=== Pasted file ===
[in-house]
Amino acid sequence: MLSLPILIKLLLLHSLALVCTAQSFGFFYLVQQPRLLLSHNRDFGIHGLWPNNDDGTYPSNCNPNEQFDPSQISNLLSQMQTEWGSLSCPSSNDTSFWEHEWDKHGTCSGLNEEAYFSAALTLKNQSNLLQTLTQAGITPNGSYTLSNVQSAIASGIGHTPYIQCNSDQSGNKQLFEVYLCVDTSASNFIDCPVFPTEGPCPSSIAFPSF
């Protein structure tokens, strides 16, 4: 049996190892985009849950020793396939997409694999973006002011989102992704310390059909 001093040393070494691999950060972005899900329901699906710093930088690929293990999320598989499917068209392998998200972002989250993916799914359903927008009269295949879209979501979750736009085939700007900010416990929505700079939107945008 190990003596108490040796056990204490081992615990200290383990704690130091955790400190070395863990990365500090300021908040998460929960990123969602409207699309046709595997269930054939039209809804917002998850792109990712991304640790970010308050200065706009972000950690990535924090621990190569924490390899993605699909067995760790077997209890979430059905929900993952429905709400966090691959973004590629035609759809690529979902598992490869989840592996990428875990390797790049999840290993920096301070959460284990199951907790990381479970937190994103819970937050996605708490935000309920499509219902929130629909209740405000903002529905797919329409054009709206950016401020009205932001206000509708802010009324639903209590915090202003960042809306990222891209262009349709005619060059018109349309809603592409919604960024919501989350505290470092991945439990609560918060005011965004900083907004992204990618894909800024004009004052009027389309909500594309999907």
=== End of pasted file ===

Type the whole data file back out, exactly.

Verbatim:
[in-house]
Amino acid sequence: MLSLPILIKLLLLHSLALVCTAQSFGFFYLVQQPRLLLSHNRDFGIHGLWPNNDDGTYPSNCNPNEQFDPSQISNLLSQMQTEWGSLSCPSSNDTSFWEHEWDKHGTCSGLNEEAYFSAALTLKNQSNLLQTLTQAGITPNGSYTLSNVQSAIASGIGHTPYIQCNSDQSGNKQLFEVYLCVDTSASNFIDCPVFPTEGPCPSSIAFPSF
């Protein structure tokens, strides 16, 4: 049996190892985009849950020793396939997409694999973006002011989102992704310390059909 001093040393070494691999950060972005899900329901699906710093930088690929293990999320598989499917068209392998998200972002989250993916799914359903927008009269295949879209979501979750736009085939700007900010416990929505700079939107945008 190990003596108490040796056990204490081992615990200290383990704690130091955790400190070395863990990365500090300021908040998460929960990123969602409207699309046709595997269930054939039209809804917002998850792109990712991304640790970010308050200065706009972000950690990535924090621990190569924490390899993605699909067995760790077997209890979430059905929900993952429905709400966090691959973004590629035609759809690529979902598992490869989840592996990428875990390797790049999840290993920096301070959460284990199951907790990381479970937190994103819970937050996605708490935000309920499509219902929130629909209740405000903002529905797919329409054009709206950016401020009205932001206000509708802010009324639903209590915090202003960042809306990222891209262009349709005619060059018109349309809603592409919604960024919501989350505290470092991945439990609560918060005011965004900083907004992204990618894909800024004009004052009027389309909500594309999907």